Plant infections used tomato cv. Moneymaker (for pathogenicity assays) or New Yorker (for gene expression analysis). Plants were grown with a 12 h light/dark cycle (25 °C day, 350 μmol · m-2 · s-1 fluorescent light; 18 °C night) for 4–5 weeks, and then leaves were detached, placed on 0.8% water agar, inoculated with zoospores, and incubated at 16 °C with a 12 h light/dark cycle with 115 μmol · m-2 · s-1 illumination in a clear plastic bag to maintain high humidity.

Transformation of P. infestans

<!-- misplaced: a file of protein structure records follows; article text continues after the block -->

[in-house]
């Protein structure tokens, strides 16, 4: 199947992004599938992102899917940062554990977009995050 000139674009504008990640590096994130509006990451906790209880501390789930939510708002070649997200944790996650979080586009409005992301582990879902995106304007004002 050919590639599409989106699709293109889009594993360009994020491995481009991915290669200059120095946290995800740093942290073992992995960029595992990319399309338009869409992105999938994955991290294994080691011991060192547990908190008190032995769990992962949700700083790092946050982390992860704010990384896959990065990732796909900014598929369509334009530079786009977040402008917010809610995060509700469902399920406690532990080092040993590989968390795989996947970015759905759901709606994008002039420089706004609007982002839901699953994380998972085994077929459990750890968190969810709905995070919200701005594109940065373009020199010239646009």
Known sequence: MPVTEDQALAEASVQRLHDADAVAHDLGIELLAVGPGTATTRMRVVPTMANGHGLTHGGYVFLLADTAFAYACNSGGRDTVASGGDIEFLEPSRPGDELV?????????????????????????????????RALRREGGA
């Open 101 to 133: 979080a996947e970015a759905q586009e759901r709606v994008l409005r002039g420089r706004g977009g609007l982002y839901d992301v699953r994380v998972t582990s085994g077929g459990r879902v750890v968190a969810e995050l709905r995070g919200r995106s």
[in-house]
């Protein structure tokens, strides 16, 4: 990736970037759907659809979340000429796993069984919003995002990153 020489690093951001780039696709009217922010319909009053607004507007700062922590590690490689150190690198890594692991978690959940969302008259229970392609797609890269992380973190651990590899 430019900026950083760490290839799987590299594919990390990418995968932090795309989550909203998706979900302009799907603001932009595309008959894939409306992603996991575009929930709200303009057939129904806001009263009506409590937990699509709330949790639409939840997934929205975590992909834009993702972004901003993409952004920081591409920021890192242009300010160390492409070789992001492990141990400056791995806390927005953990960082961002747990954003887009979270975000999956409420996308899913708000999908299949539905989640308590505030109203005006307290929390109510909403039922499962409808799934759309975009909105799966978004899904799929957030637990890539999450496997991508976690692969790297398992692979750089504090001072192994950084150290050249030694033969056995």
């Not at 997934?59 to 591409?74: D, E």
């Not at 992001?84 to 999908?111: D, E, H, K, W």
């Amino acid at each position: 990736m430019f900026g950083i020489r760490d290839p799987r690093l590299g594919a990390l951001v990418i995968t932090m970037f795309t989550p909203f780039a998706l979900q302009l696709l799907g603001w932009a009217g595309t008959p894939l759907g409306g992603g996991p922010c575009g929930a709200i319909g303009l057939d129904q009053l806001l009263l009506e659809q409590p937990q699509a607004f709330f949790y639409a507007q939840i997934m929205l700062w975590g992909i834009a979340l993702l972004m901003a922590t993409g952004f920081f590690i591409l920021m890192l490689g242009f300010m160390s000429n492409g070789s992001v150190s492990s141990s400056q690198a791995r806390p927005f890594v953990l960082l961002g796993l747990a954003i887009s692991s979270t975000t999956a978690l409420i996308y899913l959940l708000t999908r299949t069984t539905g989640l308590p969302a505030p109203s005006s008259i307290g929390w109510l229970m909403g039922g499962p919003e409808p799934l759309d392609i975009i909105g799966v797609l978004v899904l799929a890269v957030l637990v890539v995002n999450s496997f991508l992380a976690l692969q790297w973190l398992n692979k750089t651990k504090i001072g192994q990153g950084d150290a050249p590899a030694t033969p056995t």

These were performed using the protoplast method [67]. Silencing vectors in initial experiments expressed the open reading frame of PKS1 or GbL1 behind the ham34 promoter in pTEP3, which confers G418 resistance. Experiments with hairpin constructs of PKS1 used pTOR [68]. Knocked-down strains were characterized by blot analysis using 32P-labelled probes and RT-qPCR, and confirmed with a minimum of three biological replicates. For RT-qPCR, cDNA was synthesized using the Maxima First-Strand RT-PCR kit (Thermo). Amplifications were performed using the Biorad CFX Connect system using the Dynamo SYBR Green qPCR kit (Thermo) with the following program: 95 °C for 15 min, followed by 40 cycles of 94 °C for 30 s, 50 °C for 30 s, and 72 °C for 30 s. Melt curves were generated to evaluate the fidelity of amplification. Expression levels were calculated using the ΔΔCT method, using a constitutive gene (ribosomal protein S3a, PITG_11766) as a control [3, 69].